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Are You Ready for a Pandemic? The International Health Regulations Put to the Test of Their ‘Core Capacity Requirements’

Legal analyses of the Covid-19 pandemic have mainly addressed measures adopted in response to this event. However, institutional agendas related to disasters, such as the Sendai Framework for Disaster Risk Reduction 2015-2030, reaffirm that similar attention should be paid to prevention and preparedness measures that can positively impact potentially affected communities, also in economic terms (for health emergencies see the 2019 report of the Global Preparedness Monitoring Board, co-convened by WHO and the World Bank Group). Measures addressing risk reduction also have international legal implications (Samuel, Aronsson-Storrier & Bookmiller and here) and indeed the International Health Regulations themselves encapsulate this perspective, particularly through their Articles 5 and 13, and Annex 1. However, the implementation of such obligations has suffered from various shortcomings and has not been supported by a substantial monitoring system. The recent focus on such issues by WHO and Member States has resulted in some new initiatives, but ultimately constituted too little and too late.

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Announcement: CfS The Military Law and the Law of War Review

Call for Submissions: The Military Law and the Law of War Review. The Military Law and the Law of War Review / Revue de Droit Militaire et de Droit de la Guerre (MLLWR) is a long-established journal with a specialisation in matters of interest for both legal scholars and civilian and military legal…

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Cyber Attacks and Cyber (Mis)information Operations during a Pandemic

Hot on the heels on the Oxford Statement on international law rules and principles relating to malicious cyber operations targeting healthcare facilities, just a quick teaser that the next episode of EJIL: The Podcast! will be dealing precisely…

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Why the WHO is failing and how to fix it

The maligned World Health Organization (WHO) faces its biggest crisis since its inception in 1948. Critical questions about whether China reported the novel coronavirus to the WHO promptly expose a sustained governance flow which the global health security regime builds upon—where national sovereignty has always trumped mutual responsibility. While the nation-state is primarily responsible for the health of…

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The Global Compact for Migration: to sign or not to sign?

The “Global Compact for Safe, Orderly and Regular Migration” (final draft of 13 July 2018) is scheduled for adoption at an intergovernmental conference in Marrakesh in December 2018. But in the run-up to this conference, several states, beginning with the United States already in 2017, now followed…

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The ICRC’s Position on a Functional Approach to Occupation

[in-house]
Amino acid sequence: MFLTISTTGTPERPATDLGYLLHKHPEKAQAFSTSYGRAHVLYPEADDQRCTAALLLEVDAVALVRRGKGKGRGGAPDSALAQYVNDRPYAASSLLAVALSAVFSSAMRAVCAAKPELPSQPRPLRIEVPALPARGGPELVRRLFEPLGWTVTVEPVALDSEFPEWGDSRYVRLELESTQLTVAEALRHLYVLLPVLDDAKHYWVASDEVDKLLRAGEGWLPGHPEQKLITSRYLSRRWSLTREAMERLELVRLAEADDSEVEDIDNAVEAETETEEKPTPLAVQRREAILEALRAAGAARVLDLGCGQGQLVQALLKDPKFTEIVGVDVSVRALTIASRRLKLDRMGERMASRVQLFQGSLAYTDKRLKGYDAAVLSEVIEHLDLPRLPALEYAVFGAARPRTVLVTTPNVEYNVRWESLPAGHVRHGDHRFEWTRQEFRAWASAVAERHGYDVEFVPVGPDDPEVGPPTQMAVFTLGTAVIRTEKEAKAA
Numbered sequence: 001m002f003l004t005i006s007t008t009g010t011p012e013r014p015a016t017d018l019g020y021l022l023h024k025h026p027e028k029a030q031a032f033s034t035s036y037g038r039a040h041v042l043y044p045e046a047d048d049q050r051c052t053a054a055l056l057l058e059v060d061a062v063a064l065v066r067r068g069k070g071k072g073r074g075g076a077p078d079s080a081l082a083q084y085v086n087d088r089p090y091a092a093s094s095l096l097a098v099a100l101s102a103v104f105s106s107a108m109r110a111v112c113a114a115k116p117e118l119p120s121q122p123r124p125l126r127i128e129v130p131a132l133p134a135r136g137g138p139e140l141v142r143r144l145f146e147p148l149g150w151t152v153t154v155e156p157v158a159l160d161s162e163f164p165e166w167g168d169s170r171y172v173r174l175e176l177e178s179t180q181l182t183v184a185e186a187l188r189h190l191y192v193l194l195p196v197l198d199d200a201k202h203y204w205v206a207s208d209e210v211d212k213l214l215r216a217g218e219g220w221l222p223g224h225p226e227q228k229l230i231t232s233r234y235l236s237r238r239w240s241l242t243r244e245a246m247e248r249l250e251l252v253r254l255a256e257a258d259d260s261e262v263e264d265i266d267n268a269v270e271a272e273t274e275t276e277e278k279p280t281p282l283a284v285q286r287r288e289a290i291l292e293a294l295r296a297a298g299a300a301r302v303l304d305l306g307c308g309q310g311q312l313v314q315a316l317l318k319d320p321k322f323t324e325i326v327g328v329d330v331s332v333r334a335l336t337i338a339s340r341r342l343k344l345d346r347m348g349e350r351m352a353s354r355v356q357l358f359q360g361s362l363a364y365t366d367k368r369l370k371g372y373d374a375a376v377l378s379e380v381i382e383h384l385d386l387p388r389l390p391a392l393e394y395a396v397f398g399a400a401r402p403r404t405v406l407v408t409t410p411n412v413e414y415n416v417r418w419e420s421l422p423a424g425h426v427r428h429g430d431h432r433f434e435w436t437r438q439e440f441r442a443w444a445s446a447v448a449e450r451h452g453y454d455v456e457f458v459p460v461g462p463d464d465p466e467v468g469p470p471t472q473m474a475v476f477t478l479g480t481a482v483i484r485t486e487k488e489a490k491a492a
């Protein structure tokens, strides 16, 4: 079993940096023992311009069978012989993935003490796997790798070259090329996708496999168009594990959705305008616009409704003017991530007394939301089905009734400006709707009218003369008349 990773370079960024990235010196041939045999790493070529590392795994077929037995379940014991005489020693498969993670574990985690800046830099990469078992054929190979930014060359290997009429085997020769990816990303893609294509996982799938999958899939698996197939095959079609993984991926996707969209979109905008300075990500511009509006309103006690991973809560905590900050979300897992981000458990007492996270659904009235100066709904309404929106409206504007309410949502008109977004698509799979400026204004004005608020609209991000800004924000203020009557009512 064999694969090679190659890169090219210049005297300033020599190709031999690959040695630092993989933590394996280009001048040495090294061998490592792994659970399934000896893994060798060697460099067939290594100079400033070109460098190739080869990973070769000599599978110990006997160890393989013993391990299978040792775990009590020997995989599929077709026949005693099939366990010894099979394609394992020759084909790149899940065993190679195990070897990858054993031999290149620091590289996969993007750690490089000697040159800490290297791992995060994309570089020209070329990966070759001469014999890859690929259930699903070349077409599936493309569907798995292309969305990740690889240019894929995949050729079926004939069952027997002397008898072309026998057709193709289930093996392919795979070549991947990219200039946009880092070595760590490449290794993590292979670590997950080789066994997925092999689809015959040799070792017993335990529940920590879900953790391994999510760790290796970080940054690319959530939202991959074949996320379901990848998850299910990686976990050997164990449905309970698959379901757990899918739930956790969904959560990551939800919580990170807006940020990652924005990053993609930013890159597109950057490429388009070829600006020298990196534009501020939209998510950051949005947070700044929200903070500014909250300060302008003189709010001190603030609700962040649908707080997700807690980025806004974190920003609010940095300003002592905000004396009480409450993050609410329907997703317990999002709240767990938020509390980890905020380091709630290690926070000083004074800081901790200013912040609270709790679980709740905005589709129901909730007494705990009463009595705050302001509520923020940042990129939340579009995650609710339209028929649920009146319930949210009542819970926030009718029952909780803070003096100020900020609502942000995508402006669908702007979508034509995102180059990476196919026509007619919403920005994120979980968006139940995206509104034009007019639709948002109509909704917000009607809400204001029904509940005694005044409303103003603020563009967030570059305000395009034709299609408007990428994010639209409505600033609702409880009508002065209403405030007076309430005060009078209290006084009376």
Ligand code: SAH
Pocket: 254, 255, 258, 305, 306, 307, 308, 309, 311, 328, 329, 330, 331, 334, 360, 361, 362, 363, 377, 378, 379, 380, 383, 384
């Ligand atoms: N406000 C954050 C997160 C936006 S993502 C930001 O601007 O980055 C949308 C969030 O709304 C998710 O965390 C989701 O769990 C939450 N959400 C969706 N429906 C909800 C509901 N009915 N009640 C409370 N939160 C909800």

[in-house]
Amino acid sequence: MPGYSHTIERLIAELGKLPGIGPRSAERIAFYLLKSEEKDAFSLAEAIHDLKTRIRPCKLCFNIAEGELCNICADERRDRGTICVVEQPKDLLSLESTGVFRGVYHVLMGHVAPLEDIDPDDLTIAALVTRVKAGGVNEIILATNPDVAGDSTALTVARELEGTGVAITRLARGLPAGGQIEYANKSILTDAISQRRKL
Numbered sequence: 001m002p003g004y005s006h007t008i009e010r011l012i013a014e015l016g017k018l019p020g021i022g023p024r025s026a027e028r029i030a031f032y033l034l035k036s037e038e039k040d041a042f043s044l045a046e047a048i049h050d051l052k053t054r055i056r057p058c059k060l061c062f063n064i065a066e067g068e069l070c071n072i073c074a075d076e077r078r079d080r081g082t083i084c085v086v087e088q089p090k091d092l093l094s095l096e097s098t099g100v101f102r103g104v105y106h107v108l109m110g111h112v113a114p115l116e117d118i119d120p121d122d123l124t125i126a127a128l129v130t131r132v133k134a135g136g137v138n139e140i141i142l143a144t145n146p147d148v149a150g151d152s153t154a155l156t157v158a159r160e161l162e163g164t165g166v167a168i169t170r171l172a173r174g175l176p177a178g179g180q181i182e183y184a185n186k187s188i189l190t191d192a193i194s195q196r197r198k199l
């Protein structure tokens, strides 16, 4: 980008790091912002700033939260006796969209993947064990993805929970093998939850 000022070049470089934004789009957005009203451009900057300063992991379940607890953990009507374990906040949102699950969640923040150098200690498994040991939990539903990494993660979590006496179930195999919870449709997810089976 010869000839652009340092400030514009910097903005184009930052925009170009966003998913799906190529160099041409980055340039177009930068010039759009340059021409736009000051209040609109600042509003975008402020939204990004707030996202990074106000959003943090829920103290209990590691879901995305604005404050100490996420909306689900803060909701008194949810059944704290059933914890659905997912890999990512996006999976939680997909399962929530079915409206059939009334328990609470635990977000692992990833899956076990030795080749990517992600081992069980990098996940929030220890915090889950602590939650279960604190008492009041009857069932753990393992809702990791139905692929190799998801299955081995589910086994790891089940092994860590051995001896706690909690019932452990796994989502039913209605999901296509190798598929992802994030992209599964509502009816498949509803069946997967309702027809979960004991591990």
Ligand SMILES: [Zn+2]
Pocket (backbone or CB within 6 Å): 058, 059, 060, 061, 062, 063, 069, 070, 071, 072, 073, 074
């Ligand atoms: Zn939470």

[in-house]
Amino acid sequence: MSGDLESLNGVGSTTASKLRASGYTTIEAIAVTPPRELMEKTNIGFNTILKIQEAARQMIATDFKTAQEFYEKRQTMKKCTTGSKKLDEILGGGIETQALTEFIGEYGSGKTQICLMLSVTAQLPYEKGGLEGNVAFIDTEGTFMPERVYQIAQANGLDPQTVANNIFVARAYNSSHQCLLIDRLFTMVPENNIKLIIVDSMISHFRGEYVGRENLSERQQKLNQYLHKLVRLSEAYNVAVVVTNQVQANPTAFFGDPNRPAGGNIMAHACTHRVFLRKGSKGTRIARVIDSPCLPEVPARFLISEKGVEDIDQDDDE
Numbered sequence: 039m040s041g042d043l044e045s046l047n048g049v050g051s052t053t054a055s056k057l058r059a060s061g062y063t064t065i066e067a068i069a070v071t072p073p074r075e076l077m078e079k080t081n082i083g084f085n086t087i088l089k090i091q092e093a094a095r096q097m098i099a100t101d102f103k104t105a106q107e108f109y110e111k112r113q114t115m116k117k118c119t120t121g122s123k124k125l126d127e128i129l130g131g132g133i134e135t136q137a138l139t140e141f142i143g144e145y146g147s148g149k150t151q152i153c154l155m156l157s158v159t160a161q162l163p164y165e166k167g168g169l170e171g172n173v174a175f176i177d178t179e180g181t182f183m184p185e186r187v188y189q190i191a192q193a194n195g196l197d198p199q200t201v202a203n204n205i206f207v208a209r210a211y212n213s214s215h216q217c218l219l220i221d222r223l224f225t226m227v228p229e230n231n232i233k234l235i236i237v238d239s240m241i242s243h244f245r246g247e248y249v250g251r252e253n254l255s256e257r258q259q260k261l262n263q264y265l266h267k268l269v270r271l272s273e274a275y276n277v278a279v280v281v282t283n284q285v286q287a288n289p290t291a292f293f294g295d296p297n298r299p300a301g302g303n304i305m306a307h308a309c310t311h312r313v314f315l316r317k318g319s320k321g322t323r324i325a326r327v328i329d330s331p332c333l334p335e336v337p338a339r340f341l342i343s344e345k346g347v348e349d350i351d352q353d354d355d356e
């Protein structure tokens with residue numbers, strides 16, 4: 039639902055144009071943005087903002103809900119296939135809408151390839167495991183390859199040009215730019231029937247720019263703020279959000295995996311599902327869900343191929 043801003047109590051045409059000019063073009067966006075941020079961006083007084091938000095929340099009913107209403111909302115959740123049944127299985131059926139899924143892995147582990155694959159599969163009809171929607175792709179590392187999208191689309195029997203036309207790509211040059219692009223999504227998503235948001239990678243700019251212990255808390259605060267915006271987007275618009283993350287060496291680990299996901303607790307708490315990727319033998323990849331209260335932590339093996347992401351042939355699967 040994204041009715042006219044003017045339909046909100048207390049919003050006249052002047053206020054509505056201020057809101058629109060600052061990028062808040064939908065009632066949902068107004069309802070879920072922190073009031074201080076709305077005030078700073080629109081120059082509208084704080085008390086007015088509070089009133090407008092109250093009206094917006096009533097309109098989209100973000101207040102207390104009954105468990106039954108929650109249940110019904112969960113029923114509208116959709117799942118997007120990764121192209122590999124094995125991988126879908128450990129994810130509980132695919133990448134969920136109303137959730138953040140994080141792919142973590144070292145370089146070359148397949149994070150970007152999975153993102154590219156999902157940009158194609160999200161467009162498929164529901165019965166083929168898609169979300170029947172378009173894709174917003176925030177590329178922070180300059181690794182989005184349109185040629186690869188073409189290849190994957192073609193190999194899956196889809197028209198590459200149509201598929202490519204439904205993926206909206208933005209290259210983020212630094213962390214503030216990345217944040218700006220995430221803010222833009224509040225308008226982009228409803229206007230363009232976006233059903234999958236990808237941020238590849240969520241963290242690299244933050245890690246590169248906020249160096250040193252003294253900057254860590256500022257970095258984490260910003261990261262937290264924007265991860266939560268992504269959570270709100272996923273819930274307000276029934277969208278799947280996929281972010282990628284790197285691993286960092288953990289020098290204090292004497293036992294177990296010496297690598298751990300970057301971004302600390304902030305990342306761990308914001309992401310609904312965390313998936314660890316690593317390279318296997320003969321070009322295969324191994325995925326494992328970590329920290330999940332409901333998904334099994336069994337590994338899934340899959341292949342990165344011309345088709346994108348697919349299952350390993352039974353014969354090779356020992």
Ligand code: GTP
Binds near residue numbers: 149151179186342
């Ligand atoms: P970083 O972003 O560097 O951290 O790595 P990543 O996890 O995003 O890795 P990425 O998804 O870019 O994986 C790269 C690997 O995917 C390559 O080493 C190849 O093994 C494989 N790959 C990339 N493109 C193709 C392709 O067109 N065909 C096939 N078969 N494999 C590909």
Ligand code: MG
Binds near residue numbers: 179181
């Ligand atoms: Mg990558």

It is always interesting to observe the evolution of the (infrequent) public official positions that the International Committee of the Red Cross adopts on controversial questions of international humanitarian law. The particular position I’d like to flag is the one on a functional approach to the end of…

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Conflicting Conceptions of Sovereignty: A Response to Professor Blankenagel

  My thanks to EJIL for this opportunity to respond to Professor Alexander Blankenagel’s critique of my article, “The Relationship Between the European Court of Human Rights and the Constitutional Court of the Russian Federation: Conflicting Conceptions of Sovereignty in Strasbourg and St. Petersburg.” Although…

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The EU-Turkey Statement: A Treaty That Violates Democracy (Part 1 of 2)

While the terrorist attacks in Brussels understandably attracted most of the attention during the last weeks, migration issues, and particularly the situation in Greece and Turkey, remain high on the EU’s agenda. The EU and Turkey recently stepped-up their cooperation in migration matters by adopting a joint…

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Decline and crisis: a plea for better metaphors and criteria

Note from the Editors:  This week we hold the first EJIL:Talk! Contributing Editors' Debate, where some or all of our distinguished Contributing Editors lend their views on broad themes of international law and the state of the art, science, and discipline of international law.  Our thanks to Andreas…

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Joint Symposium on Chatham House’s Report on Proportionality: Calibrating the Compass of Proportionality

This is the third post in our joint symposium arising out of the publication of the Chatham House report, Proportionality in the Conduct of Hostilities: The Incidental Harm Side of the Assessment, Calibrating the Compass of Proportionality, by Geoff Corn. The full post is available now…

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The Editors of EJIL:Talk! Are:

Dapo Akande

Marko Milanovic

Diane Desierto

Associate Editors:

Kate Mitchell

Mary Guest

Gail Lythgoe

Contributing Editors:

Freya Baetens

Michael Fakhri

Douglas Guilfoyle

Monica Hakimi

Lorna McGregor

Anthea Roberts